When Parents and Teachers Unite
As an individual in early childhood education, you are expected to be involved and constantly aware of your children and their progress through their early years in your classroom. This includes emotional development as well as cognitive development. What you may not be aware is that your excellence as a teacher depends not only upon your involvement with your child, but your partnering and supportive capabilities of their families as well.
“Early childhood professionals can play a critical role in the attitudes parents develop about their child’s schooling. Teachers of the very young often establish the first connections parents have to school situations and thus influence parents’ attitudes toward involvement. These first connections may be respectful and supportive or distant and antagonistic.” We are the first link parents make to the wide, somewhat frightening, world of education and letting their child develop social, as well as educational, practices.
Reaching out to parents is an essential part of establishing a connection to your children in your classroom. The parental figures are the most important individuals in these children’s lives. How you respond, react, support, and acknowledge them, makes or breaks your reputation and your impact as a teacher. You should get to know the families of your children as well as the children themselves. It is important to understand family dynamics as well as being aware of emotional events, how the child interacts with the familymembers at home, and how the family revolves around one another.
Your position does not end with the child; we are often the only recourse parents have for difficult questions. You will hear questions that are funny, serious, odd, and you have to take each one of them seriously. It is hard for a parent to come to someone and say, “I don’t know this…” Parents are not given an instruction manual and sometimes do not have a suitable history to pull from when making decisions regarding their child. We can answer questions about head lice, we can answer questions about potty training, we are the helping hand that gives an exhausted single mother a hug and tells her, “You have this. You can keep going. I am proud of you.” We tell the fathers about how well their son did today during potty training and we put a smile on their tired faces. We are the bread and butter of our communities and we should be proud of this fact, and we should always strive to be better.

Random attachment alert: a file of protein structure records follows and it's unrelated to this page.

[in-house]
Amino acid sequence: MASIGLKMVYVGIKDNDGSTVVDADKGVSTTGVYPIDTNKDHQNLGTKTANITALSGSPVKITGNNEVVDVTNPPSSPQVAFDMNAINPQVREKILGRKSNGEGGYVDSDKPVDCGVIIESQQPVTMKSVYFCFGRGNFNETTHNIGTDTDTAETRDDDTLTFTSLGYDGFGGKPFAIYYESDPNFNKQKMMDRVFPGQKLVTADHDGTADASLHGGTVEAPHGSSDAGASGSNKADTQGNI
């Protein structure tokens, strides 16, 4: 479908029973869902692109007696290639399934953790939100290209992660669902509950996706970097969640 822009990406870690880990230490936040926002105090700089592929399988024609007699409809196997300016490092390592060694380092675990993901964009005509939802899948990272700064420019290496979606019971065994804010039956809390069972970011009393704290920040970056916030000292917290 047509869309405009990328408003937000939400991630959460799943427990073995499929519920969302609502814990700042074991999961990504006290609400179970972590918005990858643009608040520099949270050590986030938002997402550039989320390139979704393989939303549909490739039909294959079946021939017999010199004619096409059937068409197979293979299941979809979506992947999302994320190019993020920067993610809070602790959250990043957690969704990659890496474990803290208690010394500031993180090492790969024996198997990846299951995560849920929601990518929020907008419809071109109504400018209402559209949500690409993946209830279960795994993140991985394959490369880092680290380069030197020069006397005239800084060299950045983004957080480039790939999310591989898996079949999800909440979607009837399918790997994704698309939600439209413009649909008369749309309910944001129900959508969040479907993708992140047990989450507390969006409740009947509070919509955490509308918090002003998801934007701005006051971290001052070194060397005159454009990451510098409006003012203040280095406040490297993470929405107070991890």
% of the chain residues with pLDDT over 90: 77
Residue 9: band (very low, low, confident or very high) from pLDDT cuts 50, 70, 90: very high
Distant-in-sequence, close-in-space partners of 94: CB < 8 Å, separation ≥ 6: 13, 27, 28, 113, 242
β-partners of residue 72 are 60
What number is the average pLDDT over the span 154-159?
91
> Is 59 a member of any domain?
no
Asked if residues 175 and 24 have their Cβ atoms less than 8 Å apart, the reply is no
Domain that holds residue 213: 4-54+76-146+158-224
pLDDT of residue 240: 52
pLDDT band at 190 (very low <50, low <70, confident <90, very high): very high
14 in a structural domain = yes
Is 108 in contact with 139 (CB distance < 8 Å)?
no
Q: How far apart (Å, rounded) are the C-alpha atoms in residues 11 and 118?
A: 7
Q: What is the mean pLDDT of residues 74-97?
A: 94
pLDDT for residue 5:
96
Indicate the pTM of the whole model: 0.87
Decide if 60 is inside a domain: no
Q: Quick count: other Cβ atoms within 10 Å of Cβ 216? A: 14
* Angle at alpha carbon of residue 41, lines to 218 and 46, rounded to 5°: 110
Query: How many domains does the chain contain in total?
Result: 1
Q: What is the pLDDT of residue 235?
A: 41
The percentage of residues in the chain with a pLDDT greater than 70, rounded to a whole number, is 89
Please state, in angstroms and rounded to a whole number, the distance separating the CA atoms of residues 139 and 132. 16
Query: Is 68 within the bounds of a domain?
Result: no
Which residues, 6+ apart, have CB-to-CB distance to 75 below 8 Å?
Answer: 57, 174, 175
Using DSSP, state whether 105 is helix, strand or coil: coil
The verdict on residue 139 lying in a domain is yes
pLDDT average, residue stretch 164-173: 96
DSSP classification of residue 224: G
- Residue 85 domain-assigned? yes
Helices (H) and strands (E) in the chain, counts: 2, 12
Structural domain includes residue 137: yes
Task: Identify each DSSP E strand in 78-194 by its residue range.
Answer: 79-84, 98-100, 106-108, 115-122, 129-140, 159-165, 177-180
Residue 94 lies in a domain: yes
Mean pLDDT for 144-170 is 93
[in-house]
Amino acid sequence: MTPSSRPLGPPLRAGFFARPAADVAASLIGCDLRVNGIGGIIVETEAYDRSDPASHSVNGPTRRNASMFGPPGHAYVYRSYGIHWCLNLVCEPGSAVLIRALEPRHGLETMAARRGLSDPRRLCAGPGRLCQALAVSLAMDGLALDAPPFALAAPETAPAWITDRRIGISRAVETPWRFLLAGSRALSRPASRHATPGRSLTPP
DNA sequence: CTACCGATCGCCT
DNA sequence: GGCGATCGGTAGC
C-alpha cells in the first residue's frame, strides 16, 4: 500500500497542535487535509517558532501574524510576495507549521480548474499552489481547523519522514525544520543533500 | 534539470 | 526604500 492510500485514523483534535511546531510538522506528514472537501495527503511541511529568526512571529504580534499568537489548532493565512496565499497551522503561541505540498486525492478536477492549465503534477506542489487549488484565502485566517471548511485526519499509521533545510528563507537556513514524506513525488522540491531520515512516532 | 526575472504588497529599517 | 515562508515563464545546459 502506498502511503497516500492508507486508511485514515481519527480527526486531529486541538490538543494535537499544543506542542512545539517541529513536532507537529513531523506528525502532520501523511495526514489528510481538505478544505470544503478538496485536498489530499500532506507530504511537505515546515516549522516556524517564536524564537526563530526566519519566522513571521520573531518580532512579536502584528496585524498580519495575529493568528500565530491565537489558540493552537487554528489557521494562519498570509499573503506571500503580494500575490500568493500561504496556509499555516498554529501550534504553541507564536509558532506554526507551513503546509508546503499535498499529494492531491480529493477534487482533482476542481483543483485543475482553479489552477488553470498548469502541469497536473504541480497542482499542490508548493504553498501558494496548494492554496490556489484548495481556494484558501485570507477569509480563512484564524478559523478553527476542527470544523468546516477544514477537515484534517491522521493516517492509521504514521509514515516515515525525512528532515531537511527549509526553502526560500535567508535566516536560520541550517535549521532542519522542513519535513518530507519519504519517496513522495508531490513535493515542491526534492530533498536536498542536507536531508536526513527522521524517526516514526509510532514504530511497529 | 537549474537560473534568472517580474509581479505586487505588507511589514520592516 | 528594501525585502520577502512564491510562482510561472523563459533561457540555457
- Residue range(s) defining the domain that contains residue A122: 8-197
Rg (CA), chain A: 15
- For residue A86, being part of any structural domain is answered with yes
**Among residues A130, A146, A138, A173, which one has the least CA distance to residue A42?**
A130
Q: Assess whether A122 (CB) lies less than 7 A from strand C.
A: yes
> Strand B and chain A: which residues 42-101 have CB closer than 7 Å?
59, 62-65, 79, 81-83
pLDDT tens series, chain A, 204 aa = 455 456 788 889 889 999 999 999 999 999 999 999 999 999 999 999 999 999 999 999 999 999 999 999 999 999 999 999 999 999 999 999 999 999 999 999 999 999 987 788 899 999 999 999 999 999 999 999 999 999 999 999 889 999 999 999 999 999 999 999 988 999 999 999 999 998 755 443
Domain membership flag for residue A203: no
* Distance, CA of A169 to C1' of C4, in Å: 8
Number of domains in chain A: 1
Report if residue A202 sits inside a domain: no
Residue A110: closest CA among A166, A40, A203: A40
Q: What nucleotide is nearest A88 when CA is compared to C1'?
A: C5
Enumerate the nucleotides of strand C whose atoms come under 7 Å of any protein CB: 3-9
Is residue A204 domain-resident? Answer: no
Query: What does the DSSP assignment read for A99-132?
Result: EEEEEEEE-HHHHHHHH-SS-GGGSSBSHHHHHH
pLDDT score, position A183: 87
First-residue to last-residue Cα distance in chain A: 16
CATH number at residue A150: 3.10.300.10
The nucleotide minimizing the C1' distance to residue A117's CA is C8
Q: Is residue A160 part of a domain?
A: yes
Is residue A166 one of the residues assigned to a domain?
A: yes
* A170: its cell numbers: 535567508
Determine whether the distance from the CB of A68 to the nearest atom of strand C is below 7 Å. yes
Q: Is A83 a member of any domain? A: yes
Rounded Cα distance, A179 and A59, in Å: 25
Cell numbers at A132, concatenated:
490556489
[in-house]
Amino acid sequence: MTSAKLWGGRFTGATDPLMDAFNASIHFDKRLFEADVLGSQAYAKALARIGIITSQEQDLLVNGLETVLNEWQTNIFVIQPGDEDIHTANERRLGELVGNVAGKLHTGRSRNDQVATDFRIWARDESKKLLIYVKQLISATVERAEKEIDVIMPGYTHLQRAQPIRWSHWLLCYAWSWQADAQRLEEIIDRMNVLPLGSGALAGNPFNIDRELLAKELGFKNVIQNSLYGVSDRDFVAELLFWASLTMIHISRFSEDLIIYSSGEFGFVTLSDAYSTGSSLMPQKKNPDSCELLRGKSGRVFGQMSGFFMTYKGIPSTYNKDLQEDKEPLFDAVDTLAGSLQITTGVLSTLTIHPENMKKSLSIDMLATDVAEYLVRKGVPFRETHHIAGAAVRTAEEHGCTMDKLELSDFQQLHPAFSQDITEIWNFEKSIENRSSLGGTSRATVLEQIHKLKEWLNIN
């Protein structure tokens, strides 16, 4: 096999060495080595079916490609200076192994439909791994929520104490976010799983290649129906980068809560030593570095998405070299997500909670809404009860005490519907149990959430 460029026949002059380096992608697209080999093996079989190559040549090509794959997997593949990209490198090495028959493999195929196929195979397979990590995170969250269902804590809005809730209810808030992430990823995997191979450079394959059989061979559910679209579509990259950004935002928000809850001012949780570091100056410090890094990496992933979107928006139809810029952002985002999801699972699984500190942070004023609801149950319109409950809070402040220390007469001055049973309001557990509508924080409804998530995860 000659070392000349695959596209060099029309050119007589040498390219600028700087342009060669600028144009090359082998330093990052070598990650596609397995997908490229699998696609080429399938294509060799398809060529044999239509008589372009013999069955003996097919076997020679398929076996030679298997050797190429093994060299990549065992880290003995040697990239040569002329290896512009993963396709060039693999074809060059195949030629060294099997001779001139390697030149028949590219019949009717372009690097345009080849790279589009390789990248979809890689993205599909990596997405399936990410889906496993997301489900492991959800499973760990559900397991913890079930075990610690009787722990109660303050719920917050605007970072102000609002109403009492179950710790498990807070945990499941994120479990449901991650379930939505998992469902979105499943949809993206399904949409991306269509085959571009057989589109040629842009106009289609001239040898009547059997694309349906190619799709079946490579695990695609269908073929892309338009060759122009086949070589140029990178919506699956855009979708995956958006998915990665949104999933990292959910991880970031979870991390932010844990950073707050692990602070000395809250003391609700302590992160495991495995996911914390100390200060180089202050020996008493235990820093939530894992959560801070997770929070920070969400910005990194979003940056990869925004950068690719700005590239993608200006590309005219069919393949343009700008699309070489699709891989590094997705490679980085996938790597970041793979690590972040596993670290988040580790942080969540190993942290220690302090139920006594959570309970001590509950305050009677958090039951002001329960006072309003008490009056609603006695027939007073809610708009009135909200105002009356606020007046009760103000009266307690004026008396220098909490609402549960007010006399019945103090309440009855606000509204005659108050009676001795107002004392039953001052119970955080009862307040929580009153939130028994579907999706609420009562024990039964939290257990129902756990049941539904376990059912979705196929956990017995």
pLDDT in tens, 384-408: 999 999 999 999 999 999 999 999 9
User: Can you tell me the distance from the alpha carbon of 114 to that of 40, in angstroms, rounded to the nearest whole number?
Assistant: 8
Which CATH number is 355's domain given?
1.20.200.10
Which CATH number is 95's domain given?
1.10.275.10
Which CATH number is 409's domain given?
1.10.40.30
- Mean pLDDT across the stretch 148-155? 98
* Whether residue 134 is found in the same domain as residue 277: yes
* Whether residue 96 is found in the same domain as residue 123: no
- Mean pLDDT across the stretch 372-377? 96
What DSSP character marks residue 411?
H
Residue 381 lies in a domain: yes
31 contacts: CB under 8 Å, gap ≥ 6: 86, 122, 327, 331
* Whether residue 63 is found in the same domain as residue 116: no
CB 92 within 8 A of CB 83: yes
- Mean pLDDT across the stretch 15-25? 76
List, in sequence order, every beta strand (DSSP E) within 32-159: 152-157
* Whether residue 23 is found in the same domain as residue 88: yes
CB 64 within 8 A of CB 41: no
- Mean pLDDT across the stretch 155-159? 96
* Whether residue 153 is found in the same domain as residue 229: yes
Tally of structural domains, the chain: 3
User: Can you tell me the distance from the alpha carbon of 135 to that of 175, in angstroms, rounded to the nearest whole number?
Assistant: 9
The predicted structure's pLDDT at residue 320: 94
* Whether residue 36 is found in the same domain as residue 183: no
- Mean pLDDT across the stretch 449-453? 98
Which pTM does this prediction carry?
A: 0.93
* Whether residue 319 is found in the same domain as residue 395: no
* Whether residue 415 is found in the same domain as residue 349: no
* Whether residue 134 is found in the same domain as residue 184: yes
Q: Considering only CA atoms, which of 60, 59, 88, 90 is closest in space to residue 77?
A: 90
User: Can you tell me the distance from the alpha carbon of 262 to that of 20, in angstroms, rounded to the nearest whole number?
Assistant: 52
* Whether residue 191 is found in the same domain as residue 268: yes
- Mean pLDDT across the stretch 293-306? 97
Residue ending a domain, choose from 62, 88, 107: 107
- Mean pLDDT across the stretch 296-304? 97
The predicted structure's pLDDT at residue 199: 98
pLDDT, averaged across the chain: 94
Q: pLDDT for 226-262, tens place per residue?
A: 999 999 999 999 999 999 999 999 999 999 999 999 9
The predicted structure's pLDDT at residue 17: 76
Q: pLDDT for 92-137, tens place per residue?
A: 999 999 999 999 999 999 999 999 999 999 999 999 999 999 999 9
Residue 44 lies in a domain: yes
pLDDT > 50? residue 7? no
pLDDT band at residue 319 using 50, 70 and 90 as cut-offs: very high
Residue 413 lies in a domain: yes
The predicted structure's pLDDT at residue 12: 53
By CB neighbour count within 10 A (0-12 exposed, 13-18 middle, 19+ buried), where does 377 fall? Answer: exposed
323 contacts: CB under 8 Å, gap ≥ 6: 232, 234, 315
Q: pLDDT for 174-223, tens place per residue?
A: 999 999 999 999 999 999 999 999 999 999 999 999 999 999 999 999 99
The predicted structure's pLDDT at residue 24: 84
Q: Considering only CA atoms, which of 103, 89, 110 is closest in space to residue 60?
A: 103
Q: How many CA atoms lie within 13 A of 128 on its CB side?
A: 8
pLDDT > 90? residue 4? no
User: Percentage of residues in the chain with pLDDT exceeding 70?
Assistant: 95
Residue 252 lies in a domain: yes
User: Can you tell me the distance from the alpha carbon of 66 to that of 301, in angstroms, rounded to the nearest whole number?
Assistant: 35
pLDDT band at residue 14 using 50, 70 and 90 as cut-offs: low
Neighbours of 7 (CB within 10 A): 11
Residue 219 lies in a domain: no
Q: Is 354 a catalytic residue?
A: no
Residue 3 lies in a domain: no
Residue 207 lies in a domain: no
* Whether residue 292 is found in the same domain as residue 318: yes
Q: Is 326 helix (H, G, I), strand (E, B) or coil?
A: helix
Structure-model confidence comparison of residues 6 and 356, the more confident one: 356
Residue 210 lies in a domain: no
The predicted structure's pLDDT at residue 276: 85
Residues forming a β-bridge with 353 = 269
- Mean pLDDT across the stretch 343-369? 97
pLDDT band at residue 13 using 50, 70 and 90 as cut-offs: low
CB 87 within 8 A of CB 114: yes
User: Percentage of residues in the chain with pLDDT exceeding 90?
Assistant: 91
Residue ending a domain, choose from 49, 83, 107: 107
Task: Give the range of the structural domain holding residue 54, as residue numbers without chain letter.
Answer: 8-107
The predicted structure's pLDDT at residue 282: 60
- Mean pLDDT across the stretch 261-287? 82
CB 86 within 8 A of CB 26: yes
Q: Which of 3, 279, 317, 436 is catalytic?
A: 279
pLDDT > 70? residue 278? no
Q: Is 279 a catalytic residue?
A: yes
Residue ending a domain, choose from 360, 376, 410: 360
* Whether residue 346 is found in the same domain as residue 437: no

As excellent teachers we should provide a warm, nurturing, and clean environment in which parents feel comfortable and safe just like their children. Find a time that works well for you and establish a routine to speak with parents individually and let them know about how their child did that day. Talk about the things he created and the breakthroughs she made. Make papers that you can fill out during naptime and give them to the parents as a snapshot of their child’s day. Always ask the parent how he or she is doing. Get to know how they handle difficult situations at home. Listen when the parents speak to you and understand the implications this has on your teaching strategies and how you should shift to meet their children’s needs accordingly. Always ask how they slept, if they didn’t sleep well, ask why? Make eye contact and always be sincere. Give them your full attention and let them know that you care about their child as well as their family.
If a parent comes to you with a question, take them seriously, always, and take the time to do a little research for them. An overwhelming show of support and helpfulness to your parents lets them know you do not think less of them for coming to you, and you appreciate their trust.
Parents are an untapped potential and most are just waiting for a chance to be useful and involved in their child’s life. Invite them in, ask for volunteers, if you need things in your classroom for projects, i.e., bags, toilet paper rolls, yarn, you should ask your parents and many of them will jump at the opportunity to help. Invite them in for a book reading, to talk to the kids about their jobs, do art projects, or planting projects. Parents love their children and they will love being a part of their early education.
Give parents the opportunity to become an asset to your class, and take the time to become an asset to their family. Your life will change and you will impact your students in ways you never thought possible, changing their lives and their families’ lives, in the process.
-Barbour, Ann, Ph.D. “Earlychildhood NEWS – Article Reading Center.” Earlychildhood NEWS – Article Reading Center. N.p., n.d. Web. 03 Apr. 2014. Link: http://www.earlychildhoodnews.com/earlychildhood/article_view.aspx?ArticleID=644
-Furger, Roberta. “Parents Are a Secret Weapon Just Waiting to Be Discovered.” Edutopia. N.p., n.d. Web. 03 Apr. 2014. Link: http://www.edutopia.org/secret-weapon-discovered
More on early childhood education: